‘Straight’ or ‘straight-ness’, on the other hand, is equally a queer word. To be scientific, ‘straight’ is cis-sexual and cis-genderal. A straight man will generally be a biological male, who is masculine, identifies as a man, and is (and will probably want to profess to be) unquestionably heterosexual.
Speaking as straight man, I believe straight prejudices stem from a combination of 1) straight privileges which have long been taken for granted; 2) perceived and mythologised emotional, moral, sexual threats to one’s ‘straight-ness’; 3) lack of contact, understanding and information about queer persons; 4) unwillingness to address point 3.
Prejudices are also not confined to straight people, as queer persons also harbour them. We cannot throw away our prejudices overnight, but I believe we can make the same piece of space in which we all live a safe place, just by saying ‘yes’ to friendship.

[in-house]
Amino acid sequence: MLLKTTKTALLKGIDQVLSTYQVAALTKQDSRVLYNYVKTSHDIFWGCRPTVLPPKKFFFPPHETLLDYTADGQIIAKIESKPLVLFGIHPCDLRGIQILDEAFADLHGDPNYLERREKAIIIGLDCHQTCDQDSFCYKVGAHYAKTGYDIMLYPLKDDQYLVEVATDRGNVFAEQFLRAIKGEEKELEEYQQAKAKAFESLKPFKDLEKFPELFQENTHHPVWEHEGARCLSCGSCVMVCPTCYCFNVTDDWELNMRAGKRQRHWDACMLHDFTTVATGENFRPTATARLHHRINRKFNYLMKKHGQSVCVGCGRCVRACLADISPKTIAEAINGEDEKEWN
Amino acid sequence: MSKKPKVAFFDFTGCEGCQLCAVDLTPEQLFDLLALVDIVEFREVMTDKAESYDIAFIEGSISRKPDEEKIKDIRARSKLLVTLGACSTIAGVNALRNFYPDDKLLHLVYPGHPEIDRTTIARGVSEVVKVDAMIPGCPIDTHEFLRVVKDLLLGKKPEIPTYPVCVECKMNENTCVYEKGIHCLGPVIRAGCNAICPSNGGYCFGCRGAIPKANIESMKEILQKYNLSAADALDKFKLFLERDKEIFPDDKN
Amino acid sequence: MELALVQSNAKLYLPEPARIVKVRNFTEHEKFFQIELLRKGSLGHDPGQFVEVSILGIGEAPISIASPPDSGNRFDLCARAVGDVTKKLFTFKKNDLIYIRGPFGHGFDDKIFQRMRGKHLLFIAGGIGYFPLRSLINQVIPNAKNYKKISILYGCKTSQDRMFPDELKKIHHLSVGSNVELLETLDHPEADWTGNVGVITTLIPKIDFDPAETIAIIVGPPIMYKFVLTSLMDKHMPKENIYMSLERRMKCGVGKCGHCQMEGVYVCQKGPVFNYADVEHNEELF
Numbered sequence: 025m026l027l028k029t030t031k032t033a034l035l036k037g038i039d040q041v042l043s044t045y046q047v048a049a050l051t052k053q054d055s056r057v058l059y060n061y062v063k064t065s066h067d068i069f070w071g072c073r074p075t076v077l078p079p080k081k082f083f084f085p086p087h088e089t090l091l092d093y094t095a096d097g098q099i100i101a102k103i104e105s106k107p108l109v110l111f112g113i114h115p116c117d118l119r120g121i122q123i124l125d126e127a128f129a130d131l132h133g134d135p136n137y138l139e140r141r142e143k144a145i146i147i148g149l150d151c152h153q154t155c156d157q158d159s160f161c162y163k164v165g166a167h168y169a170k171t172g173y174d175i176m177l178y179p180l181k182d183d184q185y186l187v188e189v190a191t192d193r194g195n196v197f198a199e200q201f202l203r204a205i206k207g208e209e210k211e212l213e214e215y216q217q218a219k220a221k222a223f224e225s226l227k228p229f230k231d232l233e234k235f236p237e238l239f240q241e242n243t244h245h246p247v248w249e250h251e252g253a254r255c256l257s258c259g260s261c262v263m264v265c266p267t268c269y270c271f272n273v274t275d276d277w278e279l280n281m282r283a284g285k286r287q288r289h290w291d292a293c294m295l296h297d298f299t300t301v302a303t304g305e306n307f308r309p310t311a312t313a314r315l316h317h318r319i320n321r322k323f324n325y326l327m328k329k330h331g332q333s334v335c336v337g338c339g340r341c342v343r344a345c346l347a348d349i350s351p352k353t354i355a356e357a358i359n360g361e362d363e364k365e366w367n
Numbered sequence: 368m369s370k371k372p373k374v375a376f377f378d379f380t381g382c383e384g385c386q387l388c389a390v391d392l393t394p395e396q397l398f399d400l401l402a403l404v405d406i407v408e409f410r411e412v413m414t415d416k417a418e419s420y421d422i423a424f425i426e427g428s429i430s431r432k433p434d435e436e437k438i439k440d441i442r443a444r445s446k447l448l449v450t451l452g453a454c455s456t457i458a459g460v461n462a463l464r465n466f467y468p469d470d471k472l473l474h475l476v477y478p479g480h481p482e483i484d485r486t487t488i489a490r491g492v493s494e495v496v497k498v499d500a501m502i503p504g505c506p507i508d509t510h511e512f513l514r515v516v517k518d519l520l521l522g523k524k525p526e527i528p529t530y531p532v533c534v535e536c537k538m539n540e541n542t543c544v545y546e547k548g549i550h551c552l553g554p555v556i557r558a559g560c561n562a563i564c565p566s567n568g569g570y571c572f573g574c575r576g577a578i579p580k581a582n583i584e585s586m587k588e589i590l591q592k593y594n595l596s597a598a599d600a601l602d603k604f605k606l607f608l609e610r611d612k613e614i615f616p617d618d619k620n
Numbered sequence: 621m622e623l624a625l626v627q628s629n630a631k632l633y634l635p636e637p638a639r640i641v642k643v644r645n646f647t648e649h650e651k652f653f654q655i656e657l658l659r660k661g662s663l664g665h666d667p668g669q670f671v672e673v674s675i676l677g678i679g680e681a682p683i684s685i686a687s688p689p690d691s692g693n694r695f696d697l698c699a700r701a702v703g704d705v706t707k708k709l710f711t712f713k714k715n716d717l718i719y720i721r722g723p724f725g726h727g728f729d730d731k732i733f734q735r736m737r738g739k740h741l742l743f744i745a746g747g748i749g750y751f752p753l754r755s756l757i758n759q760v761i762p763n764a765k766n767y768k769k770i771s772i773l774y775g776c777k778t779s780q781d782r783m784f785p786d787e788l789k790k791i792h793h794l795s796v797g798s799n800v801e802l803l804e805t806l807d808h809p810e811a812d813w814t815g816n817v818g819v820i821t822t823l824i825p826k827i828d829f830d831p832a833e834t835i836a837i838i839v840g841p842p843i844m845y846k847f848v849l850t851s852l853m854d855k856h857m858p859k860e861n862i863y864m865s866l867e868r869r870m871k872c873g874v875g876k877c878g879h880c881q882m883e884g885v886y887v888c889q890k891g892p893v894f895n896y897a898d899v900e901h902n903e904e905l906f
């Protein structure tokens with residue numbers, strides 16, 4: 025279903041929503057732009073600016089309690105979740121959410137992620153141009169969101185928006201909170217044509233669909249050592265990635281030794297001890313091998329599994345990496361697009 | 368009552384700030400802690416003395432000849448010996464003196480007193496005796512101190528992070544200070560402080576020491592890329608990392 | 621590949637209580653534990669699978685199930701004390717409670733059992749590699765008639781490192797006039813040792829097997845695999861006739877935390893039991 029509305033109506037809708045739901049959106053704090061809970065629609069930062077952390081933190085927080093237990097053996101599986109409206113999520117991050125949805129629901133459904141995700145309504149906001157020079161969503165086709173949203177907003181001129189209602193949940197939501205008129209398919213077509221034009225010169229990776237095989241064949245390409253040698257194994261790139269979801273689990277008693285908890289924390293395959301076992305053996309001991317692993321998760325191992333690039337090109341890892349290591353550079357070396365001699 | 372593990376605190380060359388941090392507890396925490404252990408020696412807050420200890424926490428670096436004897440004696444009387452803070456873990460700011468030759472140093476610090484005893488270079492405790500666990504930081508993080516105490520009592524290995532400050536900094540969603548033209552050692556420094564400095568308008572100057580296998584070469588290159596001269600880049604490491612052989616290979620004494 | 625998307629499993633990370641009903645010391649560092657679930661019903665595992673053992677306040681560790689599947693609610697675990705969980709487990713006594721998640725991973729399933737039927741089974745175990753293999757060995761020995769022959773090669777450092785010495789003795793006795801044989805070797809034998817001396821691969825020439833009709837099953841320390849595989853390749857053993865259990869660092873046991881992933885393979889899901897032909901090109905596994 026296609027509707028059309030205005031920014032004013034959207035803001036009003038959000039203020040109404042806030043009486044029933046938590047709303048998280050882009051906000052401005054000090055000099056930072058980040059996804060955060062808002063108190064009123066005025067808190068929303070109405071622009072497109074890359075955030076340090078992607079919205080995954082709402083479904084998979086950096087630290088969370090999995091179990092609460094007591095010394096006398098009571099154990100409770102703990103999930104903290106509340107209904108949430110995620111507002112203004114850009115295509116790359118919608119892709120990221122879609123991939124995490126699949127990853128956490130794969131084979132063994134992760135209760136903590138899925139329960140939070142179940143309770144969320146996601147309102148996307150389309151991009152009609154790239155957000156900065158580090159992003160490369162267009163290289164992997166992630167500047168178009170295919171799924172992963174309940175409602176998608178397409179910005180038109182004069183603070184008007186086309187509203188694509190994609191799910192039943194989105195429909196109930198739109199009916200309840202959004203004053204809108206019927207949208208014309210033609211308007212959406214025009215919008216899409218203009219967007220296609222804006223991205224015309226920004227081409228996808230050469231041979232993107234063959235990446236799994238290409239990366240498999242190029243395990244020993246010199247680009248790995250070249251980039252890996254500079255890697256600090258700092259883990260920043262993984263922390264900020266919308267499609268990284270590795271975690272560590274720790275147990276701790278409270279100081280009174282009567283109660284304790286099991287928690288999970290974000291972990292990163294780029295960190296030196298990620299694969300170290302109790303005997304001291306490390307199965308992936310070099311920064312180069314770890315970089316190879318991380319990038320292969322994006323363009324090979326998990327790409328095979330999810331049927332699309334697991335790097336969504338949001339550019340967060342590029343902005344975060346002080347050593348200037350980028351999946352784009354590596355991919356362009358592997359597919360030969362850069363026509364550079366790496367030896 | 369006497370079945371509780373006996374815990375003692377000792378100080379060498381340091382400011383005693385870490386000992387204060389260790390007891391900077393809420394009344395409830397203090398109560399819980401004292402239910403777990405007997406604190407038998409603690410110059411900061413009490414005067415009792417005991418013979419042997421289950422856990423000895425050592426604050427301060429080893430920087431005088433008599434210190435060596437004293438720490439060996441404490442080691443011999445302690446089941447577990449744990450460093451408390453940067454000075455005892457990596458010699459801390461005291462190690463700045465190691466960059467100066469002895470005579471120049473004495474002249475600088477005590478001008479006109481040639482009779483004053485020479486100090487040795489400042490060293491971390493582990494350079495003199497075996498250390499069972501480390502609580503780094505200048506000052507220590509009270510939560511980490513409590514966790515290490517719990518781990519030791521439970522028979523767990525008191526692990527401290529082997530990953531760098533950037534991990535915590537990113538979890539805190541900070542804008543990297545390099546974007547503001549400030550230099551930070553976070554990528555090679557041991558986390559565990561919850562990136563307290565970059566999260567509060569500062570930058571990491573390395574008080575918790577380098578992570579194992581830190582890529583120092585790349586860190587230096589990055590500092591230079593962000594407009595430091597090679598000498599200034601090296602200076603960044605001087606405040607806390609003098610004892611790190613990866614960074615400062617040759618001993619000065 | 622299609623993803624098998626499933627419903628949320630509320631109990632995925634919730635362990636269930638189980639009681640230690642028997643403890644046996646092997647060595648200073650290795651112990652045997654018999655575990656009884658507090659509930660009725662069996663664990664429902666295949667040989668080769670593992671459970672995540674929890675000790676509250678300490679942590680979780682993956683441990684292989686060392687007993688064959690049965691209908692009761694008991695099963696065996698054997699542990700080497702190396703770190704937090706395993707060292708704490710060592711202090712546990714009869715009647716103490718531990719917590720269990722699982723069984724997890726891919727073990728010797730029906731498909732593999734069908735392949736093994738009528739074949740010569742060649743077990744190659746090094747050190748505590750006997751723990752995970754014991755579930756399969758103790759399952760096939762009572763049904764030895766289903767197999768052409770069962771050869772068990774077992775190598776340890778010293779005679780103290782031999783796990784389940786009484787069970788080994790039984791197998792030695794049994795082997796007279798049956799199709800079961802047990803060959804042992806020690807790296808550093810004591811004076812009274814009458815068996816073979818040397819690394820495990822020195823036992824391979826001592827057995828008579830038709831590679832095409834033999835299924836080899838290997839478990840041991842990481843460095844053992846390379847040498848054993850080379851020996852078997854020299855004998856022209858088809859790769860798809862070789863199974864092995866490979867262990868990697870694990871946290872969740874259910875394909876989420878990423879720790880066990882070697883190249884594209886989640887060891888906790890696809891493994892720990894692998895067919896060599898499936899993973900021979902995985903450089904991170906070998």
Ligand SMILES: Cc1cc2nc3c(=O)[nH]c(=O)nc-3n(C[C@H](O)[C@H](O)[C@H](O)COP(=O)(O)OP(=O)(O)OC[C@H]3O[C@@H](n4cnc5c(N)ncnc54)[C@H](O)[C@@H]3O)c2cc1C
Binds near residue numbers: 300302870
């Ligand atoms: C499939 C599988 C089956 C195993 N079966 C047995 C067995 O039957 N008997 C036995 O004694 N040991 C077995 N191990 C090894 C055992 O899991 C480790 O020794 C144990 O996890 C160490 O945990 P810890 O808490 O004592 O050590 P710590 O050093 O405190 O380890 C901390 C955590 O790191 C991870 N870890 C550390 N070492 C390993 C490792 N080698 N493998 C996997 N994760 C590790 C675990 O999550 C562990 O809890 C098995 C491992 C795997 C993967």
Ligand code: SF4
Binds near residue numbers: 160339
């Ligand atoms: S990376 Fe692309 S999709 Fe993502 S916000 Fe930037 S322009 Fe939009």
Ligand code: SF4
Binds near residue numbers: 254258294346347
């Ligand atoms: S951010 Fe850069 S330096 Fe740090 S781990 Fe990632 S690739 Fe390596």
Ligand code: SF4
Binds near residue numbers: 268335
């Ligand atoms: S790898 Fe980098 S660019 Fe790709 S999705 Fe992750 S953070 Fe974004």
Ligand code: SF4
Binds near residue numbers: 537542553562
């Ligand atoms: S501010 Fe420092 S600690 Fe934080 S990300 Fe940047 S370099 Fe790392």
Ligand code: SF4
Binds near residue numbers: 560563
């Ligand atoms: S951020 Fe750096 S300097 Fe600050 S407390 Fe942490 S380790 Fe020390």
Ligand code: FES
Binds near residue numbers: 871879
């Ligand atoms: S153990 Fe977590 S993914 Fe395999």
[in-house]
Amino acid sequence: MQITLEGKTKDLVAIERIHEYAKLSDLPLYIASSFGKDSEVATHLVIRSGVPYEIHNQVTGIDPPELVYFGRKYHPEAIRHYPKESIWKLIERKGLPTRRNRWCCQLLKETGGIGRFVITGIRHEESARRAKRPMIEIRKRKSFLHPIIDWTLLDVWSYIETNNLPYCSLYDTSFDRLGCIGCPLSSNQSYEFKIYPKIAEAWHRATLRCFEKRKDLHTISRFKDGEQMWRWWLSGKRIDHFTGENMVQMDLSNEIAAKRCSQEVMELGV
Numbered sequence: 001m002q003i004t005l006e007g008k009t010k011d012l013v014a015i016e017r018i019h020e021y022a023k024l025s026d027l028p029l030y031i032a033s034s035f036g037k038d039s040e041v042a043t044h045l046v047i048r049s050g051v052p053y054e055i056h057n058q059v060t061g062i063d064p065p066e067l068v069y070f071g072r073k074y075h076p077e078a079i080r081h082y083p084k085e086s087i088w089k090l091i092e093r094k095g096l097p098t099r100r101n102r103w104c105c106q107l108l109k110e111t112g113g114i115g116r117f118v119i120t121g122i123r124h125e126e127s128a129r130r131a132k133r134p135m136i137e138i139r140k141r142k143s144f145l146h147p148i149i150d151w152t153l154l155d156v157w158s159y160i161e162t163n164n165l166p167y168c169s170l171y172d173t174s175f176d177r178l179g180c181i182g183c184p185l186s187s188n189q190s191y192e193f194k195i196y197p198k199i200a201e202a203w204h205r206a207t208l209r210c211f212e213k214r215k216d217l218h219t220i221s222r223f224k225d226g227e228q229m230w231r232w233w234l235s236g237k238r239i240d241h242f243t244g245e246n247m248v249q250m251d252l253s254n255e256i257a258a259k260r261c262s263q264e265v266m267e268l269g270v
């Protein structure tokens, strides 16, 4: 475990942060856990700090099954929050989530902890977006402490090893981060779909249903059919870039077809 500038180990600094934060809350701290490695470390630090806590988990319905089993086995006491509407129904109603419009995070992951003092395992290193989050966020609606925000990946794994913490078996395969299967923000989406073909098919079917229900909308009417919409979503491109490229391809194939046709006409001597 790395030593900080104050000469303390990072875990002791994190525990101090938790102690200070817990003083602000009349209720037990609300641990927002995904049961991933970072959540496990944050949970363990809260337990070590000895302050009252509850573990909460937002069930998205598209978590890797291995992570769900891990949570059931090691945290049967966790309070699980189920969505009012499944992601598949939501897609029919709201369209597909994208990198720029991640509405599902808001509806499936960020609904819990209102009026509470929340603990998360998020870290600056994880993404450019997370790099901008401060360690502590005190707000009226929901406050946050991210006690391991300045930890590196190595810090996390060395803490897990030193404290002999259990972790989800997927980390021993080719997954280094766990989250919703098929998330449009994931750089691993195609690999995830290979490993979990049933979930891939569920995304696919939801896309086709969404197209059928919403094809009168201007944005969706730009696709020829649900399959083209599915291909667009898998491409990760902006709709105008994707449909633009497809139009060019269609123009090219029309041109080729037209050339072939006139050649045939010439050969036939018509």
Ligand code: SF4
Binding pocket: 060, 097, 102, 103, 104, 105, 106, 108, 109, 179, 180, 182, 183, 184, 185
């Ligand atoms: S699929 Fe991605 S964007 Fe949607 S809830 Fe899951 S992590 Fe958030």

For a long time, we have grown too accustomed to saying ‘no’ to others, ‘no’ to their beliefs, and ‘no’ to their personhood. We have to show, as we search within ourselves, that we can say ‘yes’ for once.
A queer-straight alliance? Yes.
Queer and straight friends? Yes.
A Singapore safe for gender and sexual diversity? Yes.
For once, let us not obsess with double negatives, i.e. fight discrimination, battle hate, eradicate bigotry and so on. We should not occupy ourselves with ‘endings’ and ‘wars’, but focus on what we can start, what we can renew and what we can improve. A singular positive word, belief or action, already encompasses both the positive and the battles against hate, discrimination, harm and basically anything that is negative.
It is all a matter of beliefs. Beliefs are there to give us hope, not fuel anger and hatred, not to stoke tensions, spread ill will and incite violence. I believe in peace and safety, and my attitude and actions will always speak of them.
Ho Chi Sam
A member of SinQSA